Save the Children’s director of child safeguarding has said that there is more sexual abuse of children going on in areas that aid agencies are working than we are aware of.
Speaking to the International Development Committee, Steve Reeves said that organisations need to behave as though this sort of abuse is happening, even if there is no evidence of it, “because there most certainly is”.
Reeves was answering a question from the panel on whether “predatory paedophiles” would actively look to work for aid agencies.
He said that sex abuse in the UK is now known to be far more prevalent than ever thought before, and that “these people will actively seek out opportunities to access children, and they can access children in places where jurisdictions are weaker and where regulations are poorer”.
He said that “there is no doubt that there are people with a sexual interest in children that actively seek out opportunities to work with children,” and that it is a “very considerable problem”.
Adding: “It is beyond a doubt that there is more abuse going on than we know about.
“The message to organisations should be we behave as if this abuse is happening, even if we see no evidence of it. Because there most certainly is and we should behave actively as if it is happening, and put measure in places even if we see no direct evidence of it.”
Reeves told the panel that last year Save the Children spent in excess of £100,000 on DBS checks.
In response, the committee’s chair Stephen Twigg MP said: “I’ve got a horrible feeling we are just reaching at the surface of this.”
‘Predatory males as gatekeepers’
Reeves was sitting on the panel alongside Save the Children’s chief executive Kevin Watkins.
Watkins told the panel that it was often a case of “predatory males in positions of power as gatekeepers.”
He said that the safeguarding concerns that have emerged recently are likely to be widespread, as “the problem is if you put poison into a river all those that use the river will be effected”.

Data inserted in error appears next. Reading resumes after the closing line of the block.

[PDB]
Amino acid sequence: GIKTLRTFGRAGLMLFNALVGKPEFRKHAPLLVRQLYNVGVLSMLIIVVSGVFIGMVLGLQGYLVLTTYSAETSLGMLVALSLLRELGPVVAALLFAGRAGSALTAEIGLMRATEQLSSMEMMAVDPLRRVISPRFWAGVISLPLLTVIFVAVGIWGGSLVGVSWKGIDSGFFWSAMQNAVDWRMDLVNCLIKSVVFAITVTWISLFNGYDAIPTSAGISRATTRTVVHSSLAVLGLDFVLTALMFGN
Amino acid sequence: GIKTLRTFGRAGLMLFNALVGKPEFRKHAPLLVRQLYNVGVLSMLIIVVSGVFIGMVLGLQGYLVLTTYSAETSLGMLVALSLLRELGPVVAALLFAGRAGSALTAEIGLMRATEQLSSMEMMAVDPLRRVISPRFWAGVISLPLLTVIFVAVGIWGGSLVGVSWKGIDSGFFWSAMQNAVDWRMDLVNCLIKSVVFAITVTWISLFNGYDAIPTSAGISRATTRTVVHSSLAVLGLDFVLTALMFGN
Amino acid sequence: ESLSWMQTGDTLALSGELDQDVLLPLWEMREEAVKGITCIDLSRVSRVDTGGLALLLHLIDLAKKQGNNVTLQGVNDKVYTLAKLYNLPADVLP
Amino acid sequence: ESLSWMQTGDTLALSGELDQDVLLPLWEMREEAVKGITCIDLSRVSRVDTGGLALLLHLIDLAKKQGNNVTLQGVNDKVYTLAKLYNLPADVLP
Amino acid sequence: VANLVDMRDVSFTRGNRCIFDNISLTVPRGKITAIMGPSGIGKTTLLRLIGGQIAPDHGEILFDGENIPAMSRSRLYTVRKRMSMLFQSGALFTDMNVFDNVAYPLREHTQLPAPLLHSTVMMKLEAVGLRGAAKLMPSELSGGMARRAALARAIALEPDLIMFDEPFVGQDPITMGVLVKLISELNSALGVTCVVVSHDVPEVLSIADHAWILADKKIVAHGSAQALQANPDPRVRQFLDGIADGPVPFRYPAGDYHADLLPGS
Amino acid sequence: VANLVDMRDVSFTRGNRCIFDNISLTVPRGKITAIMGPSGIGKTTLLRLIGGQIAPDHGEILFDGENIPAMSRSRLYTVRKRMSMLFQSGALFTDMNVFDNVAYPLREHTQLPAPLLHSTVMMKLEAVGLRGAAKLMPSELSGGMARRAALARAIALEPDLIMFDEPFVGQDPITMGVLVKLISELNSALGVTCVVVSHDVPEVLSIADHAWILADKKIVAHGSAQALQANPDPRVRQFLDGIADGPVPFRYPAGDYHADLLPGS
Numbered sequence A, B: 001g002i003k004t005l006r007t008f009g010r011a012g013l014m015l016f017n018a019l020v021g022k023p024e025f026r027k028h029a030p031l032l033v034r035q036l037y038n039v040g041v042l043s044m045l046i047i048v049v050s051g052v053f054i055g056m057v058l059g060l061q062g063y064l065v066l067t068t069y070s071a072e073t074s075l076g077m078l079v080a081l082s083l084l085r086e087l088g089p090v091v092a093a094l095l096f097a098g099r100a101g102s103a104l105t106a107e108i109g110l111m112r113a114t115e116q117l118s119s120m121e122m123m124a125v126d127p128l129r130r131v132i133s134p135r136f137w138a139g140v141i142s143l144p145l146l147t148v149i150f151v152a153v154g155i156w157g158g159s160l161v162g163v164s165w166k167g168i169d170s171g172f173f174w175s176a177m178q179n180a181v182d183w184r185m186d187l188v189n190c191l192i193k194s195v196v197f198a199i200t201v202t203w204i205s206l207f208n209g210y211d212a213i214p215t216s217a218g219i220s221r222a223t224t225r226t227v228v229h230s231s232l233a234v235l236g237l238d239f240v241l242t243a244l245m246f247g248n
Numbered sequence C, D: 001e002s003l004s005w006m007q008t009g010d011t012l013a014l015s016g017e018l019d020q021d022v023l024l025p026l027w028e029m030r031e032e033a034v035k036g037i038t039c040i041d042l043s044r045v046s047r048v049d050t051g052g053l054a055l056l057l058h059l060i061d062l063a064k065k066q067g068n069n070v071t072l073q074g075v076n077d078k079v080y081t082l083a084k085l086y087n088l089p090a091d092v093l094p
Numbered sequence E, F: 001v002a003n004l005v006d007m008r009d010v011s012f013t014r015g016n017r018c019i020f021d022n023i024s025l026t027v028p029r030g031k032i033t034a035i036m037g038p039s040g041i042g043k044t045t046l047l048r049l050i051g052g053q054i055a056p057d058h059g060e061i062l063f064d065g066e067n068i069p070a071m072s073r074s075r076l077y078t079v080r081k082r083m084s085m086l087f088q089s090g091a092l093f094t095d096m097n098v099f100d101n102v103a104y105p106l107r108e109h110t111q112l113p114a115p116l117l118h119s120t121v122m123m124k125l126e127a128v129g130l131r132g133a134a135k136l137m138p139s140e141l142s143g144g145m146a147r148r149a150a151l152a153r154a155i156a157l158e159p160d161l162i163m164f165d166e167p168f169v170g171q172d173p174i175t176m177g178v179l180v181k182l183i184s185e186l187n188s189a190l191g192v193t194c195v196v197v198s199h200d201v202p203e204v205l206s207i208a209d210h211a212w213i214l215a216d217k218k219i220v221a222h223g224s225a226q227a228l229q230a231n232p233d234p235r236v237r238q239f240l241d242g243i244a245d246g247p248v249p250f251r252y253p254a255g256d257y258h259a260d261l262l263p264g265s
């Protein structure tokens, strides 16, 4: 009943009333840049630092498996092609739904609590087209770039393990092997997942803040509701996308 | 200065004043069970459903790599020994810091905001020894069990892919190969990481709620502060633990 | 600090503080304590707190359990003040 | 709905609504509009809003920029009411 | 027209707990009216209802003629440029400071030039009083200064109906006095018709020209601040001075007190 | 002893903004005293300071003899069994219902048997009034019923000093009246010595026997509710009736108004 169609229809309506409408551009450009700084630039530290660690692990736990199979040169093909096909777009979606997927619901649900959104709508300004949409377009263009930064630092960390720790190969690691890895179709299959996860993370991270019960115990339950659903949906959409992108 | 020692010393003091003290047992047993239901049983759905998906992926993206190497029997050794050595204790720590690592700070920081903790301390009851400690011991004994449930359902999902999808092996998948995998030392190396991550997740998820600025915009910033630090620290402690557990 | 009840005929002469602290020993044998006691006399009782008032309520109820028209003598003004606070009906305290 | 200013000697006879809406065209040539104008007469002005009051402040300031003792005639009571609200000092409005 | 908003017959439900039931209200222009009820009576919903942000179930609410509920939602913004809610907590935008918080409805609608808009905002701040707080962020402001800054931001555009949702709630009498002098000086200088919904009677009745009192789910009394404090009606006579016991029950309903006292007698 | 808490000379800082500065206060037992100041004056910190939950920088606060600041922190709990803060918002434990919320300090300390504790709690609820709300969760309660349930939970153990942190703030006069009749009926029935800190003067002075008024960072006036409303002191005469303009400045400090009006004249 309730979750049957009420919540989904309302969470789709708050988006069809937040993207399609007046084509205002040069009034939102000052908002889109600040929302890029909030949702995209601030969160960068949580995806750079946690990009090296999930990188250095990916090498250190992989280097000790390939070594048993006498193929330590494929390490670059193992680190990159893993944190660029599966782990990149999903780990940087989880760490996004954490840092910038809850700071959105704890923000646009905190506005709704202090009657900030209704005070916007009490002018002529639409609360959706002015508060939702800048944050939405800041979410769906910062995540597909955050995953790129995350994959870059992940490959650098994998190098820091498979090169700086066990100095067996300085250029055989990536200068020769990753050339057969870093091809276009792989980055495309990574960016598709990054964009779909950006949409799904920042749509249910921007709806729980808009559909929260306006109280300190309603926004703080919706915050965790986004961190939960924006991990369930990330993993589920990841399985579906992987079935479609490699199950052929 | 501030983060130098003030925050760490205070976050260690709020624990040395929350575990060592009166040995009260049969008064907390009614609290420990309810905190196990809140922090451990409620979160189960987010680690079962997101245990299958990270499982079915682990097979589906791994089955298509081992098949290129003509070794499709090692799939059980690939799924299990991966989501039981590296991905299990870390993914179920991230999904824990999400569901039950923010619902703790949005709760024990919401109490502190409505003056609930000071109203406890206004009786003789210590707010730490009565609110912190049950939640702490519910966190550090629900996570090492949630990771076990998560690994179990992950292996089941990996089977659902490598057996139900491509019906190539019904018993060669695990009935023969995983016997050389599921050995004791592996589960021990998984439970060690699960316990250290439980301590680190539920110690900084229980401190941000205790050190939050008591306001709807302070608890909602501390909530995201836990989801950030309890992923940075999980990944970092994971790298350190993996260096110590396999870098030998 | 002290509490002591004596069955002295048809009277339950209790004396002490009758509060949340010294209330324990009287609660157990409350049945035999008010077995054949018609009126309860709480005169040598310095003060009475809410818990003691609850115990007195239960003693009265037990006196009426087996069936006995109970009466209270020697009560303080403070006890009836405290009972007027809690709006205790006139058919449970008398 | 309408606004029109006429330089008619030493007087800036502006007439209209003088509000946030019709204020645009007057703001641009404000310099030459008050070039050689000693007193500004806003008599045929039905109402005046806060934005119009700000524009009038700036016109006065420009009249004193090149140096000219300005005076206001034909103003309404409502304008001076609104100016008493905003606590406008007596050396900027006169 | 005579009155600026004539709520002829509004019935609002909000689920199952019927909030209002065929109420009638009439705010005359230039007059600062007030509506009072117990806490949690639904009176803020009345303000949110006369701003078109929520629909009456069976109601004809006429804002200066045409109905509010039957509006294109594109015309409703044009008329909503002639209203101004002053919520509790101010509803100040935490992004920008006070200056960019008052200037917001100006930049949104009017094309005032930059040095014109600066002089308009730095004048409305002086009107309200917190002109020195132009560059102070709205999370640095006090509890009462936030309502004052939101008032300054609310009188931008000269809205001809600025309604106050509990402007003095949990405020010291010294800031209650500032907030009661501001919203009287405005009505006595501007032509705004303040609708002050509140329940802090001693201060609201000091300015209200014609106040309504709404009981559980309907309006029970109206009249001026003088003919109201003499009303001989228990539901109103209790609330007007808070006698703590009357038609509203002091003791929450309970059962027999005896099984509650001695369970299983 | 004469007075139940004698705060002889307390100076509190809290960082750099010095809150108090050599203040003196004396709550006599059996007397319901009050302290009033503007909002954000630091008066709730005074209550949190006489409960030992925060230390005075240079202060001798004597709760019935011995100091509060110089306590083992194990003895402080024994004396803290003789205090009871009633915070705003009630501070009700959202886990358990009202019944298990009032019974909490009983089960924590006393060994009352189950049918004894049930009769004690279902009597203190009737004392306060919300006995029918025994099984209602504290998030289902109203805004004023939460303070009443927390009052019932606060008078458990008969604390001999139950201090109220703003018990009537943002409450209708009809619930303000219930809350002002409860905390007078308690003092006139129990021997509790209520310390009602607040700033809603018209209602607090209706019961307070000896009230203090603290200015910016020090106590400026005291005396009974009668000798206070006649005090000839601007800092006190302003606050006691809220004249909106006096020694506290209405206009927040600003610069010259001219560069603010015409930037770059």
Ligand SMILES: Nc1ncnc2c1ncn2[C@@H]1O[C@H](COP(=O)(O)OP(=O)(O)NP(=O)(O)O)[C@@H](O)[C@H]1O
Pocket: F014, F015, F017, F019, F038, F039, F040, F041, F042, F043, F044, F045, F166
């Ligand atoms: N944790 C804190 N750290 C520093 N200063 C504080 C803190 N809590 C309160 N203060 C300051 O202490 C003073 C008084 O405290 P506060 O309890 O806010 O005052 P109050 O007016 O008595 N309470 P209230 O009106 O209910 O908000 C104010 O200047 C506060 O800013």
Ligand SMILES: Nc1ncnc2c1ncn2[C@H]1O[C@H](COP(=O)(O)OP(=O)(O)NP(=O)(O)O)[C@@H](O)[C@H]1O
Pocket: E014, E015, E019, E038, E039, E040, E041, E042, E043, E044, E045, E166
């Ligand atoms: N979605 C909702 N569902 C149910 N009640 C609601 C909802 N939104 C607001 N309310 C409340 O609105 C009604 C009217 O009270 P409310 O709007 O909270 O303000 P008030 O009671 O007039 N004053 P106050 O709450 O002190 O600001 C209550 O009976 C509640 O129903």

Get it wrong and the ‘whole house of cards comes crumbling’
Watkins called for a globalisation of DBS checks, and promoted the idea of a humanitarian passport system to track and accredit aid workers.
He said: “The argument against the humanitarian passport system that us and a lot of agencies have advocated for is that it would be terribly complicated and difficult to put in as we don’t have a global or multilateral framework to do so. My short answer is create one.
“It is clearly a complicated problem but the consequences of not doing it are monumental, leaving aside the reputational affects for agencies. So we have to tackle this. If we get this one area of regulatory activity wrong this whole house of cards comes crumbling.”
Watkins said we “have to recognise that this is not the occasional bad apple we are dealing with here. It is a structural and systematic problem we have to deal with through proper integration.”
Staff dismissals from safeguarding and harassment cases
Answering questions on the number of child safeguarding cases raised with Save the Children, Watkins said that in 2016, the last year he had comprehensive data for, there were 193 child safeguarding cases. Of these, 53 were taken to a full investigation. And of those investigated, 20 cases involved files being handed to the police, and 11 people were dismissed from their roles at Save the Children.
But he said that it is always difficult to know “if you are catching the tip of the iceberg, or the iceberg itself”.
He said in terms of sexual harassment cases of adults, there were around 35 cases raised across the whole of Save the Children International’s programme delivery platform last year, of which 19 resulted in staff dismissals.